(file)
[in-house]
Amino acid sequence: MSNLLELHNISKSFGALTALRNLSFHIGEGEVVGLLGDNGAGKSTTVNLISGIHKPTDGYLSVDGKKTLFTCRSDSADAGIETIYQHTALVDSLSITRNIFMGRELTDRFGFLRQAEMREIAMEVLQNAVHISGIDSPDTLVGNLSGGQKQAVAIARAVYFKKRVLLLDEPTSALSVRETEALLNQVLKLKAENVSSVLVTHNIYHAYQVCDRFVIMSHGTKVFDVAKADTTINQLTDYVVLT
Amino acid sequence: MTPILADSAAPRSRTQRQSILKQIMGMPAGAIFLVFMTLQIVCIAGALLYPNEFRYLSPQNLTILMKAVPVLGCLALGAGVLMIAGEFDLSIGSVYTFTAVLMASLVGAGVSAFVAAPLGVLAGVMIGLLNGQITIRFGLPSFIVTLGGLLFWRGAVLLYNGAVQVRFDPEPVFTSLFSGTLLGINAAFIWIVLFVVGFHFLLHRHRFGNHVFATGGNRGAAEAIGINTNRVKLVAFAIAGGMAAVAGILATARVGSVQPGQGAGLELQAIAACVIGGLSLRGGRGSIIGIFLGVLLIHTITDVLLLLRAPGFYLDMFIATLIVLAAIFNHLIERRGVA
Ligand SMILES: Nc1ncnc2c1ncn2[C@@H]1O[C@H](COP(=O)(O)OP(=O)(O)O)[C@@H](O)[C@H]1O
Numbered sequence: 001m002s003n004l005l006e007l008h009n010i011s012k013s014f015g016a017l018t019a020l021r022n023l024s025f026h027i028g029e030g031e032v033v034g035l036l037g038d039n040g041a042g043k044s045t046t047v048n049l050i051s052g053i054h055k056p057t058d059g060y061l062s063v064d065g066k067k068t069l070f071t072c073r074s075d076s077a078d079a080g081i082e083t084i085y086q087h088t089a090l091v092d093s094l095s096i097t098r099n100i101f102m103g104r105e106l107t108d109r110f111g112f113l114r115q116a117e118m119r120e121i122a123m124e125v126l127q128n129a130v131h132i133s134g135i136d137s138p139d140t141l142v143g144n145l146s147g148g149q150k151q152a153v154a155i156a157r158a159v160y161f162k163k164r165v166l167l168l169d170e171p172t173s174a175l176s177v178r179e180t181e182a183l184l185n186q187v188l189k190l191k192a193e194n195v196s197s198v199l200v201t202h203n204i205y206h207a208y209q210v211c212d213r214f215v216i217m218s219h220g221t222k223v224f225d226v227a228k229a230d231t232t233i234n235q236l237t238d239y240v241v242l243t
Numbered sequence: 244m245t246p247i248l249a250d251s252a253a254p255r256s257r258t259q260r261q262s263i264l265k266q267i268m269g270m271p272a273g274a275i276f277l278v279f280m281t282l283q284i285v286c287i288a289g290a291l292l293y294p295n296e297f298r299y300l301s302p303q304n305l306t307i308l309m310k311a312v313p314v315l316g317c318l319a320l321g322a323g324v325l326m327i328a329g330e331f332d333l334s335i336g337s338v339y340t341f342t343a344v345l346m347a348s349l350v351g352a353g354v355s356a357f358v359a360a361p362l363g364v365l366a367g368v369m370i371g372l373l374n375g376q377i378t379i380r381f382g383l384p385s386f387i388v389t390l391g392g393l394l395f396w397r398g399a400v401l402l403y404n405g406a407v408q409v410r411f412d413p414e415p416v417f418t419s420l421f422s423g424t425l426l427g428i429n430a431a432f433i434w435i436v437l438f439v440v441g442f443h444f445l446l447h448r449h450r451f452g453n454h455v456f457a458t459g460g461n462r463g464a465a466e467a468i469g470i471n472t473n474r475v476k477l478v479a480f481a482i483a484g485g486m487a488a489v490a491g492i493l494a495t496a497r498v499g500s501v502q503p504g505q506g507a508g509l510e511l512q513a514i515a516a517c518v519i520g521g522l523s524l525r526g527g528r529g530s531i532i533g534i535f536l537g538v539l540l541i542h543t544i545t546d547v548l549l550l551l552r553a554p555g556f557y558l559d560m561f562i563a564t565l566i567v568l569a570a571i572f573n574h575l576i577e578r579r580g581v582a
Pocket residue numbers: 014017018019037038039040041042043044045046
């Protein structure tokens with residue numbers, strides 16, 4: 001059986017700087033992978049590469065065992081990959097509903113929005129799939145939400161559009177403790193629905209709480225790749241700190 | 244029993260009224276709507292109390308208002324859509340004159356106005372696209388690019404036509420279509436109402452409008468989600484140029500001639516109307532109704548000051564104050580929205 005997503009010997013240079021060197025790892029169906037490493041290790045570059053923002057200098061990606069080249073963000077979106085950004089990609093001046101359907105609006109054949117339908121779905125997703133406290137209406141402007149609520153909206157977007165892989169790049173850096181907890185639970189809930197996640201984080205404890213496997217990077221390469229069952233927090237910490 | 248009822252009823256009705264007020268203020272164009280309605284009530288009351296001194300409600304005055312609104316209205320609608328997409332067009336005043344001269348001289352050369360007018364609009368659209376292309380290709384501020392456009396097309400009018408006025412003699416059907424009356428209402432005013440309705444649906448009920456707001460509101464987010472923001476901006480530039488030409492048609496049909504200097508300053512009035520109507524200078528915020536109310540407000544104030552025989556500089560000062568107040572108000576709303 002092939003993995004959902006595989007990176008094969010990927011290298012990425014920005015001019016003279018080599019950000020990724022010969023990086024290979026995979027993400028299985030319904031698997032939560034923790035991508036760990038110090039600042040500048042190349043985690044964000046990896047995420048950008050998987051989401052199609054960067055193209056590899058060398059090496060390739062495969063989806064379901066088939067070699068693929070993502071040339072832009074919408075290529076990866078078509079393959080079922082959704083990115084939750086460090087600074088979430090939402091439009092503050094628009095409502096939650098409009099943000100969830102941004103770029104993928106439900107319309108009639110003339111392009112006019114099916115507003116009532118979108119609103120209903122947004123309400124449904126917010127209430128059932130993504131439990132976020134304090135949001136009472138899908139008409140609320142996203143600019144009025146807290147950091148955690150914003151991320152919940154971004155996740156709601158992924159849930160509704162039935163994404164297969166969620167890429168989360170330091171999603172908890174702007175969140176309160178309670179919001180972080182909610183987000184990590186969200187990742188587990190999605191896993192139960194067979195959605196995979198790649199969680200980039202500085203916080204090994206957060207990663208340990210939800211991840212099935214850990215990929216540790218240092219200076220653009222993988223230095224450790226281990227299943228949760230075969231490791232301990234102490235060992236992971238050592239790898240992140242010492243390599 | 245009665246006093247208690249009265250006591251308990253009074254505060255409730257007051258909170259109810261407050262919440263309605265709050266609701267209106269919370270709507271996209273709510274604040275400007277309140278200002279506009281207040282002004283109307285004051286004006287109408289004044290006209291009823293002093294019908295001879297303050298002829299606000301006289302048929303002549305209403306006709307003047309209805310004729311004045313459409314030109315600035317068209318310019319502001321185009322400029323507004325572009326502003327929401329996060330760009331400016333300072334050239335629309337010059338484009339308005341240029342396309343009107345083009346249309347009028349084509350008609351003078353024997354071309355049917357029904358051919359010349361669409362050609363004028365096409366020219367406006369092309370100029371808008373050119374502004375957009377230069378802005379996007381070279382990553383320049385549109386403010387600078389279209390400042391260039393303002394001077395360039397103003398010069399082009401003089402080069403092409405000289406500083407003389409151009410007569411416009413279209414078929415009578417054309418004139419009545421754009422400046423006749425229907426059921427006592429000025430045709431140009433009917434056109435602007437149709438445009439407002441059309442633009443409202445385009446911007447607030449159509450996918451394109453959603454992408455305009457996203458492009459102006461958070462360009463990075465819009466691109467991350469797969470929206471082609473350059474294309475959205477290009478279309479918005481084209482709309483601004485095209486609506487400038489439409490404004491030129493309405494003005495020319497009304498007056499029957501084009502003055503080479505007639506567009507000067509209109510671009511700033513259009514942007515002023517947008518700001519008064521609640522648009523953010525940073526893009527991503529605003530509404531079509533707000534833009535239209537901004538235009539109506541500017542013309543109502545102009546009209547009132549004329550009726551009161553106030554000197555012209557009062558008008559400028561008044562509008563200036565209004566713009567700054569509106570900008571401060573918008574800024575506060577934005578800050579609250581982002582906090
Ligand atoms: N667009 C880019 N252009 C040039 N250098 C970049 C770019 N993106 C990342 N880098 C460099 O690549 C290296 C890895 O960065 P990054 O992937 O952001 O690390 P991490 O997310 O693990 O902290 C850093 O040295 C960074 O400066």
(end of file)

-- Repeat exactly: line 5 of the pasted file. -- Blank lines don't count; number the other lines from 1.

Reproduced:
Numbered sequence: 001m002s003n004l005l006e007l008h009n010i011s012k013s014f015g016a017l018t019a020l021r022n023l024s025f026h027i028g029e030g031e032v033v034g035l036l037g038d039n040g041a042g043k044s045t046t047v048n049l050i051s052g053i054h055k056p057t058d059g060y061l062s063v064d065g066k067k068t069l070f071t072c073r074s075d076s077a078d079a080g081i082e083t084i085y086q087h088t089a090l091v092d093s094l095s096i097t098r099n100i101f102m103g104r105e106l107t108d109r110f111g112f113l114r115q116a117e118m119r120e121i122a123m124e125v126l127q128n129a130v131h132i133s134g135i136d137s138p139d140t141l142v143g144n145l146s147g148g149q150k151q152a153v154a155i156a157r158a159v160y161f162k163k164r165v166l167l168l169d170e171p172t173s174a175l176s177v178r179e180t181e182a183l184l185n186q187v188l189k190l191k192a193e194n195v196s197s198v199l200v201t202h203n204i205y206h207a208y209q210v211c212d213r214f215v216i217m218s219h220g221t222k223v224f225d226v227a228k229a230d231t232t233i234n235q236l237t238d239y240v241v242l243t